Illnesses & Symptoms
What is Colic?
Colic is unexplained crying in infants. It can last for up to two hours or more and may happen several times a day. Babies with colic are healthy (not sick or in pain), not hungry and are content between crying times. Colic usually begins during the first month of life and ends between three and six months of age.
Coping with Colic
- Try cuddling and rocking your baby during crying times. Repetitive motions like rocking or swinging are soothing for many infants. Warm a blanket by fluffing it in the dryer and wrap Baby in it.
- Try to find the position that is most soothing to your baby. Suggestions:
- front baby carrier or sling
- baby swing
- riding in the car
- walking with your baby
- Take walks. Be sure to use a blanket or cover to protect Baby from the sun and chill. If the weather's not appropriate, drive the stroller around your home. Many babies love the motion of a stroller.
- Repetitive, soothing sounds such as music, vacuum cleaner, clock ticking, or clothes dryer may comfort your baby.
- Try anything else that may be helpful such as a pacifier, warm bath or massage.
- Promote nighttime sleep. When your baby wakes during the day, feed or play with him. At nighttime feeds, just feed and change the diaper without being fun.
- Swaddle your baby in a blanket and put your baby on this back in his crib or bed. Leave the legs loose in the swaddle so Baby can move them for comfort. Stop the swaddle when your baby starts to roll (usually 4-6 months of age). Swaddling babies who can roll has been associated with SIDS.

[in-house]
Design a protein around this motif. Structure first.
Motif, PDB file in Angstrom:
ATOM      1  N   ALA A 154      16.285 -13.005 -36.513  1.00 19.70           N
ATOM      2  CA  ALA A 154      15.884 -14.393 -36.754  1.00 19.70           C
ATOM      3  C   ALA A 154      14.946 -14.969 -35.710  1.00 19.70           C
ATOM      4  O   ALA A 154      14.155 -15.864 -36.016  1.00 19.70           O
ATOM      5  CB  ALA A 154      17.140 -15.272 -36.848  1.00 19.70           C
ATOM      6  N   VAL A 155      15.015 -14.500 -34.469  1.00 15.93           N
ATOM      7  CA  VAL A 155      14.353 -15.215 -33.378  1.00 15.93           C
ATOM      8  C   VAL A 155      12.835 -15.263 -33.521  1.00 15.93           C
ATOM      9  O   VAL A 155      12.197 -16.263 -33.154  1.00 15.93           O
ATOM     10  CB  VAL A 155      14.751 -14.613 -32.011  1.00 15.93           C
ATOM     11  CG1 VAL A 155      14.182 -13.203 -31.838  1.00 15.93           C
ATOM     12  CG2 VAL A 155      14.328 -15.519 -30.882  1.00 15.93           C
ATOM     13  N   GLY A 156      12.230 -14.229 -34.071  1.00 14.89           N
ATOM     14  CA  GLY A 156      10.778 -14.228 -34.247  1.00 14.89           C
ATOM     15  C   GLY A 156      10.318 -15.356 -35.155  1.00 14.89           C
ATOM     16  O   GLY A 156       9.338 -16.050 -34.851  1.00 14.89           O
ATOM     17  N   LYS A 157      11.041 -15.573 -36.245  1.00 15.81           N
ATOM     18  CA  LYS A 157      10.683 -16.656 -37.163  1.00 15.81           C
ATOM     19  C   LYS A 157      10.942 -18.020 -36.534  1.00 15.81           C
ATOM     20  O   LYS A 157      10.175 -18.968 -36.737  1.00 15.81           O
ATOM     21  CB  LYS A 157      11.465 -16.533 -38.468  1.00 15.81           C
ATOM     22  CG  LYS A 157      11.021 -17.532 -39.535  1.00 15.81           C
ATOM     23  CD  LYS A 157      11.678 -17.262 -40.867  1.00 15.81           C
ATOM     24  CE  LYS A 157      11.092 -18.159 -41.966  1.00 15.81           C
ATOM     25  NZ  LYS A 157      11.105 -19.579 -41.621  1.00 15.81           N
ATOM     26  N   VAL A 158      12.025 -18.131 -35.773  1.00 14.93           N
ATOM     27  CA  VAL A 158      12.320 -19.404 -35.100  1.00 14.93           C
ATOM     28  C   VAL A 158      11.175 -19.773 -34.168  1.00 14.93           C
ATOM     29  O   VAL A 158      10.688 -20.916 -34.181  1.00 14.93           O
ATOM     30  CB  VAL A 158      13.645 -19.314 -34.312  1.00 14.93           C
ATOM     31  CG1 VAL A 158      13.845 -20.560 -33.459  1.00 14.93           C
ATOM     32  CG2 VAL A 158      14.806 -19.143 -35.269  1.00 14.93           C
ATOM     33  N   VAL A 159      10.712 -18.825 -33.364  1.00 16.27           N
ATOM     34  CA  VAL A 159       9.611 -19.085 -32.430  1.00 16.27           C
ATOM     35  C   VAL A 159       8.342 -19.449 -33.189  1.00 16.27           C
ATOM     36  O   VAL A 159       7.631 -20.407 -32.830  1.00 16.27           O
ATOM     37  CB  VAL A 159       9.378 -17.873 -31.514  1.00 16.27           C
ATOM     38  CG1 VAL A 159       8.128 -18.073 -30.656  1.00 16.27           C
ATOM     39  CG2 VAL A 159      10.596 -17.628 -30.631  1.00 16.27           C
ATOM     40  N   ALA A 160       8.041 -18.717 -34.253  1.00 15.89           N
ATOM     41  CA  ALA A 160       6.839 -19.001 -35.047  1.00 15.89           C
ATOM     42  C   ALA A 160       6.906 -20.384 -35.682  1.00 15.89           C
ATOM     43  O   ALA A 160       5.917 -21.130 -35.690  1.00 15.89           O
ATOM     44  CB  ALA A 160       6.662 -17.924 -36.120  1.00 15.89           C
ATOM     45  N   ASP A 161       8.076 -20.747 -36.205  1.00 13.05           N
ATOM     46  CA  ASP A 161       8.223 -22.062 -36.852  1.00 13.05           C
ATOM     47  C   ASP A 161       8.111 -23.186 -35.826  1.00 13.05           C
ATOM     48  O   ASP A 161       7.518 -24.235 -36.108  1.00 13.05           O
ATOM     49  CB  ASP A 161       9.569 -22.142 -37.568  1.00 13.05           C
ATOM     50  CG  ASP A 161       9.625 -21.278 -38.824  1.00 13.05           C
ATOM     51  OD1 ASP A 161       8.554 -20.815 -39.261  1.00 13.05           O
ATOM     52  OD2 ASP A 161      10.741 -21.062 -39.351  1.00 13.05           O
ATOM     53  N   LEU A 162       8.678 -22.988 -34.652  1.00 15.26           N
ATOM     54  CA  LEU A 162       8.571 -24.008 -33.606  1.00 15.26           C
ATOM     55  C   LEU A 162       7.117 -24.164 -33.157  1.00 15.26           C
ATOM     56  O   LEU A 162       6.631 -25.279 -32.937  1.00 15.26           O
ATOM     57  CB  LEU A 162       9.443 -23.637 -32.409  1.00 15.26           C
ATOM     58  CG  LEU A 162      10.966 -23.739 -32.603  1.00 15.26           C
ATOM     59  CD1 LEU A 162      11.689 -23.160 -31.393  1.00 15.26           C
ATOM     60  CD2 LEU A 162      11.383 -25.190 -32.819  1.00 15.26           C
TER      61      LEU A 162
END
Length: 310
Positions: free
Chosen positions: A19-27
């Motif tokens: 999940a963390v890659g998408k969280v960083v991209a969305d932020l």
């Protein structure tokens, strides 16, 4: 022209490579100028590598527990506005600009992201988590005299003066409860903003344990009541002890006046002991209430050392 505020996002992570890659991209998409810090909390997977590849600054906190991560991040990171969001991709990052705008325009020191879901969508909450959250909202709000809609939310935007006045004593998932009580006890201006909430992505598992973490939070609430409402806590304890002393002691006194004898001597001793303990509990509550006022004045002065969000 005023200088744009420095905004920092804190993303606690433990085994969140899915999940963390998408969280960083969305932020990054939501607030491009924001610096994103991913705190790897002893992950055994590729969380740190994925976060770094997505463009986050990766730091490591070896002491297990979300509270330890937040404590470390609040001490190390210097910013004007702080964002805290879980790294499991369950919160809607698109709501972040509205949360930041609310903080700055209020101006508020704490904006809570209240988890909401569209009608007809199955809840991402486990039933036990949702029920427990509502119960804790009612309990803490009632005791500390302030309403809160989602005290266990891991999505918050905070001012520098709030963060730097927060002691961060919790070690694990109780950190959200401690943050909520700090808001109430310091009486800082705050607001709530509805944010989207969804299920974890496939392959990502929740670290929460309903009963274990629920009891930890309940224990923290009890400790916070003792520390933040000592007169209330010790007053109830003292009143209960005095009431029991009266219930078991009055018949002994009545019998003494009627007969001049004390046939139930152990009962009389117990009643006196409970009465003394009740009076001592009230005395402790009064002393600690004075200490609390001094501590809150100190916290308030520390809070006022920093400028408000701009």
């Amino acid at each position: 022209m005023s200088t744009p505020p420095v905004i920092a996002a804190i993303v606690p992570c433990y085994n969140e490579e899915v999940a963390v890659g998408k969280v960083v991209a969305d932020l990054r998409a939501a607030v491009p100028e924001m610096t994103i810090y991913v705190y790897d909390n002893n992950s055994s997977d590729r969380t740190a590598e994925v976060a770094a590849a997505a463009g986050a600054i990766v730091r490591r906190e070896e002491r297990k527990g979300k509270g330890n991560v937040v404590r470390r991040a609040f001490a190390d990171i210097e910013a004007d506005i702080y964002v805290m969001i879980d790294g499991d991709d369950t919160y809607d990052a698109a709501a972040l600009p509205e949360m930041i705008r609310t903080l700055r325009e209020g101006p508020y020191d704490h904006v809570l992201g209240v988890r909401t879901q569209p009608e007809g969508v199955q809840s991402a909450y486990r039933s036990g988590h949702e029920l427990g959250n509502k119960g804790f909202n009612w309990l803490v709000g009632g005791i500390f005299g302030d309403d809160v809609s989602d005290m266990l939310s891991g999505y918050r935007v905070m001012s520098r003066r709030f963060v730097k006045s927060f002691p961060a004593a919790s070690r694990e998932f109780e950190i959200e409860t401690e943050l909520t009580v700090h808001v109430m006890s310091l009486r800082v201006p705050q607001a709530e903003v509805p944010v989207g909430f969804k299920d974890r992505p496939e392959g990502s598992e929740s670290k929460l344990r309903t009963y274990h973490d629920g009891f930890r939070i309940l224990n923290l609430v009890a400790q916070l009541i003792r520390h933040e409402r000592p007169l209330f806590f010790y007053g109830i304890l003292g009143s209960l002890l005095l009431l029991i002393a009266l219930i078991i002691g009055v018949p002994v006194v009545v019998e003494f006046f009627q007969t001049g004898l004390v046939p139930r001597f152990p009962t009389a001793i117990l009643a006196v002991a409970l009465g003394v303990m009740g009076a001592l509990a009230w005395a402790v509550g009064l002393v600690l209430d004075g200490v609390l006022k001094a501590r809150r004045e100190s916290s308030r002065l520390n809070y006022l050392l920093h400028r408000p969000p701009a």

- Get rest and help for yourself. Try to nap when your baby naps. Get a friend or family member to help with chores and caring for your other children or the baby.
- Probiotics have been shown to decrease colic. These are live organisms that help the digestive process and the immune system. You can purchase liquid probiotic formulations for infants at your pharmacy or find a formula with probiotics or prebiotics in it.
- Gripe Water is an herbal formulation that has been used for centuries. There are many brands that contain herbs such as ginger, dill, and fennel that help may settle the stomach and many parents report that they help. Because they are herbal substances they are not regulated by the FDA. Ask your pharmacist if they have a brand they trust.
- A great resource: The Period of Purple Crying.
- Check to be sure there isn't a piece of hair or thread wrapped around a toe or other body part or sign of injury anywhere. Hair tourniquets can cut off blood flow and cause extreme pain. If found, remove promptly. If unable to remove it due to swelling, go to the ER.
- If your baby cries regardless of what you do, take a break. Put Baby in a safe place after a thourough check to be sure there's nothing wrong with him and leave the room. Turn on music or another distraction. It doesn't have to be a long time, but a short break can do wonders. Even better: If there's more than one adult home, take turns leaving the house. It's stressful to hear Baby cry and breaks can make it more bearable.
Call your child’s doctor if:
Colic does not last forever, it just seems like it.
- Your baby has a fever, diarrhea or vomiting. (Note: Breastfed infants tend to have watery stools. If there is a change from normal, it might be diarrhea. Otherwise it is not a problem if baby is gaining weight well. Spitting up is common in babies. See our page on Reflux for more information.)
- Your baby cries constantly for more than two hours or you cannot find a way to soothe your baby.
- Your baby’s cry changes and it sounds weak or painful.
- You are afraid you might hurt your baby.
- You have other questions or concerns.